I decided to reprise this recipe, first published in 2012, in honor of this year’s Olympic Games. The original motivation, however, was to deal with a deluge of spinach from my CSAs. They were harvesting overtime and I was looking for a recipe that my kids might possibly eat.
This brought me back to my youth when our mother used to serve Chicken Florentine, and we’d gobble it up. Now the term Florentine technically means in the style of Florence, but for my mother it meant anything served with spinach and hollandaise.
Yes, this was one of the few ways I’d eat a vegetable growing up. And since my kids (except my picky daughter) were all better eaters than I was, I had a chance! And in the end, it was a winner!
How is this recipe different from others?
There are versions of Salmon Florentine all over. But this recipe is simpler–as in Really. Super. Easy.
Yes, this skips steps like chop and sautee shallots or make a wine cream sauce. Lovely I’m sure, but this was meant to work even for a Desperate Mom dinner.
This means it must be doable even after the proverbial day from hell. Like when you arrive home from work so exhausted you could never possibly lift a roasting chicken. Or you forgot to turn the crock pot on.
Step by Step Directions
This recipe is ready in a few simple steps.
You start by steaming your spinach and cooking your salmon (remove pin bones if needed first) with a little salt and pepper. I like to use a grill pan for the salmon, but broiling or standard grilling is fine.
How to remove salmon pin bones
Before you cook your salmon you should check for and remove any pin bones. Fine Cooking explains this in detail. I now own a special “fish tweezers” for this, but for years I just used a (clean) pliers.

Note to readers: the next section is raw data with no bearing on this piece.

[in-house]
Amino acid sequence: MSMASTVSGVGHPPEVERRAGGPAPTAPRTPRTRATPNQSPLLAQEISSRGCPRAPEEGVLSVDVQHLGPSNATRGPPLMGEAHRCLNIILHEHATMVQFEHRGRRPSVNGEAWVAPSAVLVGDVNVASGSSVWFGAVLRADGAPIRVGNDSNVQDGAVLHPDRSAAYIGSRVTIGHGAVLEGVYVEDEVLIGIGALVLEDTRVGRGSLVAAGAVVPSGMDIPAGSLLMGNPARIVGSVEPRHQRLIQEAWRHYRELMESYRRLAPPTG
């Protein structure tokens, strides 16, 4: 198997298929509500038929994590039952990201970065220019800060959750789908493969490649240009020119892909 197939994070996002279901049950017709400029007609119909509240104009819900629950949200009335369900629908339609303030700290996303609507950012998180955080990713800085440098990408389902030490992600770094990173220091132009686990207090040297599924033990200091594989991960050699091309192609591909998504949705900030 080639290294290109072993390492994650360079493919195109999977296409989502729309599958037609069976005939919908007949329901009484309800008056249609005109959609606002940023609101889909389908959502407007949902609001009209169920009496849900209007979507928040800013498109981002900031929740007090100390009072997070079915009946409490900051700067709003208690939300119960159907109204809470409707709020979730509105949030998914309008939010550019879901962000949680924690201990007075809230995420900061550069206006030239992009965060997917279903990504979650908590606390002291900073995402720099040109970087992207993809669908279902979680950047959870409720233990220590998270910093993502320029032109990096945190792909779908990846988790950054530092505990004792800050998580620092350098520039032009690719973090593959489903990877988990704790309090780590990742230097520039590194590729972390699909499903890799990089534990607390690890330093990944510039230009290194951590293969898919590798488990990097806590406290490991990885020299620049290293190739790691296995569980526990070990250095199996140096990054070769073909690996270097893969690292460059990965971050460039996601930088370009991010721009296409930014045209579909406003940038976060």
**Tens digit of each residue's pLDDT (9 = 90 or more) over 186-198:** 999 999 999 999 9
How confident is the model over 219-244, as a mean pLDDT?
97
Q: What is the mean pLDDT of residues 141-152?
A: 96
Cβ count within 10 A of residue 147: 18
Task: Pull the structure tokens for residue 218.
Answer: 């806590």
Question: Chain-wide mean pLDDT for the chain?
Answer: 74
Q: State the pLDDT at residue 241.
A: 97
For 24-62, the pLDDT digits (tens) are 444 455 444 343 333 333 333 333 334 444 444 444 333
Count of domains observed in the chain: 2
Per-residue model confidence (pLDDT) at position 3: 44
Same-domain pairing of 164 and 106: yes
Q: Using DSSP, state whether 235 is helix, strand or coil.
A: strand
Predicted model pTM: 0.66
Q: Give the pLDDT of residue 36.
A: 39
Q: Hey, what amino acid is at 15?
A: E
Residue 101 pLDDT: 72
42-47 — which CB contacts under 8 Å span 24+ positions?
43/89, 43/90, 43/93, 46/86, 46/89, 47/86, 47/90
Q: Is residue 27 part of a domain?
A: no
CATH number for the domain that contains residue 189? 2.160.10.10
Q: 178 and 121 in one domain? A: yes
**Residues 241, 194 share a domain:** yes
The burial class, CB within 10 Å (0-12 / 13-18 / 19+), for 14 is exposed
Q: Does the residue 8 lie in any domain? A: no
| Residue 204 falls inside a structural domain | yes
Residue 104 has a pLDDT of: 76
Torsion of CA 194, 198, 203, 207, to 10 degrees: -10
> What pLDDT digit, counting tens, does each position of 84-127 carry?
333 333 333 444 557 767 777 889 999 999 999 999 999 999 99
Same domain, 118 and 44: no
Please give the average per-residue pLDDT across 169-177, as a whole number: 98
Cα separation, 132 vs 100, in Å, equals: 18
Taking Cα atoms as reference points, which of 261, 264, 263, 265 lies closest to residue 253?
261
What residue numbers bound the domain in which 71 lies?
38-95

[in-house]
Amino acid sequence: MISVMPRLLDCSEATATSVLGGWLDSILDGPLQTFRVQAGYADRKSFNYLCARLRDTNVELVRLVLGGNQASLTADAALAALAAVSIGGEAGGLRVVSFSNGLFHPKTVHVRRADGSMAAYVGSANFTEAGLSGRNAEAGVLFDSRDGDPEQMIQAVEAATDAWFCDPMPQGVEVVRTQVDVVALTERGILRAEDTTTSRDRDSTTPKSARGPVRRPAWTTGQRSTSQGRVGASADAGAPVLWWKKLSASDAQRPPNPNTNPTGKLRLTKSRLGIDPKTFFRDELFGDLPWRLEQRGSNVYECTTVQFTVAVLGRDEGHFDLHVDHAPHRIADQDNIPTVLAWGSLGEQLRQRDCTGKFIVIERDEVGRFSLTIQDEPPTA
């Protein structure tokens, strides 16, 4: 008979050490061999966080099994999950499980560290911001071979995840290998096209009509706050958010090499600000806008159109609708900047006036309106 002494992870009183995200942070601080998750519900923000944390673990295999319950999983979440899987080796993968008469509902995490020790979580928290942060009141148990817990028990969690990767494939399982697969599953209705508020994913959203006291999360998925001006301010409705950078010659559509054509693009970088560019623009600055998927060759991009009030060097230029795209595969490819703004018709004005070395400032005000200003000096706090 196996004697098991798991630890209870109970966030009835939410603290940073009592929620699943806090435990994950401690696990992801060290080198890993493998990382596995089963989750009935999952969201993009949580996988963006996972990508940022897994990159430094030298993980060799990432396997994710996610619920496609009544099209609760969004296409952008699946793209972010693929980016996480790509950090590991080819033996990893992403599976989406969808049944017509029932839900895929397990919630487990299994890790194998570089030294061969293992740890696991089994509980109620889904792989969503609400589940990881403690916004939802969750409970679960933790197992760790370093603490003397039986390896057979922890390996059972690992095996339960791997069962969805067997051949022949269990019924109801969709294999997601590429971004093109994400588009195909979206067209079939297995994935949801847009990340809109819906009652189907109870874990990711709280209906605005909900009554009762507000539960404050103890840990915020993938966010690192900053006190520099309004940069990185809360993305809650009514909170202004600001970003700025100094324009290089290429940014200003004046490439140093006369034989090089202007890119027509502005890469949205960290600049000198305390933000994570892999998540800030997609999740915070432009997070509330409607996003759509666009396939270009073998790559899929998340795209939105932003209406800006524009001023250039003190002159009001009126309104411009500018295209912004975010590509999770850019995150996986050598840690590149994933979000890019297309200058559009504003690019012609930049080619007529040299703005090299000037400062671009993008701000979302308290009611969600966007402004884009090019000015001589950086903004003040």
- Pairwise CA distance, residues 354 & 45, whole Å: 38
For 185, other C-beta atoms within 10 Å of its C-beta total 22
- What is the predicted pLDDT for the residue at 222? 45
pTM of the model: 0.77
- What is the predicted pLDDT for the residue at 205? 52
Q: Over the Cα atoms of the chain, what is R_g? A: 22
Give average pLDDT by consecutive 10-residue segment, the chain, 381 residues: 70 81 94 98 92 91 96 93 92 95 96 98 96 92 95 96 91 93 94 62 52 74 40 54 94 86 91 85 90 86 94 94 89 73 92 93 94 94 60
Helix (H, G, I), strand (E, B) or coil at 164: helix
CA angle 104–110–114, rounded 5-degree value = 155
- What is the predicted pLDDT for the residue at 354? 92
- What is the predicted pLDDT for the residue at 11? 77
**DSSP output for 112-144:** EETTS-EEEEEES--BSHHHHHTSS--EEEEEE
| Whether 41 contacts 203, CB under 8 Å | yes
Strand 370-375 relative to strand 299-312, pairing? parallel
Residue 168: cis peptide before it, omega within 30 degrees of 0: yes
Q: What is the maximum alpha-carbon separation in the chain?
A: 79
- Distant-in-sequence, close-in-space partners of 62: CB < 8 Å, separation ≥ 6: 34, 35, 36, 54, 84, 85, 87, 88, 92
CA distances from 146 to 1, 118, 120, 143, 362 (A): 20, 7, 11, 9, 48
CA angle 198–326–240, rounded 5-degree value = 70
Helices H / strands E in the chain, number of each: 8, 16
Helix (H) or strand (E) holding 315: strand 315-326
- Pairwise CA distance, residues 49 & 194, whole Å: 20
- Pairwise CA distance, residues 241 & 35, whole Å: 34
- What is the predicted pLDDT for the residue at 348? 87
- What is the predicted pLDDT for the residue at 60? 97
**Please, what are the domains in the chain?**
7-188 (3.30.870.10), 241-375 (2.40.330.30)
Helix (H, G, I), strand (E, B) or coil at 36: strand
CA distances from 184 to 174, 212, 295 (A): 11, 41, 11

Selecting your Spinach
Organic or Conventional: Spinach typically ranks poorly in the Environmental Working Group’s list of most contaminated fruits and vegetables, so go organic if you can. Remember, however, that it’s generally considered better to eat a conventional vegetable than to skip it entirely.
Wild vs Farmed Salmon
Sadly, between environmental degradation and sometimes questionable farming practices, selecting seafood isn’t always simple and straightforward. The Cleveland Clinic, did a recent analysis and found that wild salmon is lower in contaminants, antibiotics and saturated (the “bad”) fat. So go wild if you can!
For the starch portion of the meal, rice, potatoes or a nice bread would be a lovely addition. If you actually are desperate, go with the bread.
If staying super easy, frozen sweet potato fries are great, plus they add another color–“eat a rainbow”! A bagged salad or cole slaw is another easy option.
Otherwise any other vegetable that is currently producing seasonal windfalls (e.g. zucchini) or lingering in your refrigerator will do. Broccoli and asparagus are great with hollandaise, so those are particularly nice.
Friday #SummerGamesWeek Recipes in celebration of the 2021 Olympics
- Miso Salmon representing Japan by House of Nash Eats
- Pizza Bites representing the USA by Simply Inspired Meals
- Mango Sticky Rice representing Thailand by Devour Dinner
- Tofu Katsu with Tonkatsu Sauce representing Japan by Hezzi-D’s Books and Cooks
- Smoked Salmon Sushi Bowl representing Japan by A Day in the Life on the Farm
- Teriyaki Chicken representing Japan by Palatable Pastime
- Tomates Farcies representing France by That Recipe
- Panzerotti representing Italy by Magical Ingredients
- Crème Brûlée representing France by The Spiffy Cookie
- Salmon Florentine representing Italy by Art of Natural Living
Easy Salmon Florentine
- 1 1/2 pounds salmon filet in 4 pieces
- 12 ounces fresh spinach or a large bag of frozen
- 6 ounces Hollandaise Sauce see note
- Check for and remove pin bones in salmon, if any. Season salmon with salt and pepper, then broil or grill for a few minutes on each side until fish is cooked to your liking (FDA recommendation is 145F)
- While fish is cooking steam spinach until warm and wilted, about 10 minutes.
- Prepare your favorite Hollandaise (see notes for my recipe)
- Divide spinach on four plates, top with a salmon filet, and and spoon (or pour) hollandaise over both.
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